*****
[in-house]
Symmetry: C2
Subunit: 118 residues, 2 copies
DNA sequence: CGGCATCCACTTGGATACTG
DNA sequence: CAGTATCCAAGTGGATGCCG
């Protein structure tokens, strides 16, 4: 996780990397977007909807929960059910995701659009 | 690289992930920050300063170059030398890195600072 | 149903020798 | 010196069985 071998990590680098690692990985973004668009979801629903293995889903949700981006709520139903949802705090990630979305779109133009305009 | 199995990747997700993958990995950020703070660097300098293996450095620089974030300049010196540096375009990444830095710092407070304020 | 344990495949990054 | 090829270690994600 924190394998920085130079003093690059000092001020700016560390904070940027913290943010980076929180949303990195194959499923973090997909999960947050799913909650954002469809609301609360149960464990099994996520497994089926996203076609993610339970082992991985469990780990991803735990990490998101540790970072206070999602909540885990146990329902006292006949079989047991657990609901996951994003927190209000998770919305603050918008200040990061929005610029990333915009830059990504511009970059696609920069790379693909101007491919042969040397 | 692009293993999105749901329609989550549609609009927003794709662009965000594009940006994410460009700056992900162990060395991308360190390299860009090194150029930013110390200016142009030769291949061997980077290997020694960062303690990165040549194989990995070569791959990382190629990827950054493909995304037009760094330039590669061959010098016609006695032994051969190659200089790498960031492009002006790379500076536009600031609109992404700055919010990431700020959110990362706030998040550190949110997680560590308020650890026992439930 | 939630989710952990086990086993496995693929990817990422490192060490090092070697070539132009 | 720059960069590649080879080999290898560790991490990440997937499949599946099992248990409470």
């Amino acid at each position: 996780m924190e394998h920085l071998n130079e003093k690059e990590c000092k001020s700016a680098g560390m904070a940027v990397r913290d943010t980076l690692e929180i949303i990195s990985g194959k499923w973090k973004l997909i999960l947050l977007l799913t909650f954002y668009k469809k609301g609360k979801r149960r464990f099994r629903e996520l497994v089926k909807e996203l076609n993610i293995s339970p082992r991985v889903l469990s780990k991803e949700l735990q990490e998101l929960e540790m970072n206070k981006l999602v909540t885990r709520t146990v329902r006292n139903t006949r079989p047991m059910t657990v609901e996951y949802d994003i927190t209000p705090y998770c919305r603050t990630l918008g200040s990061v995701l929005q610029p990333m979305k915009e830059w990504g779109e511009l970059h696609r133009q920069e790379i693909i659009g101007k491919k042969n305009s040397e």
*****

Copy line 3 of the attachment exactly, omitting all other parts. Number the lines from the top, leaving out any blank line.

Subunit: 118 residues, 2 copies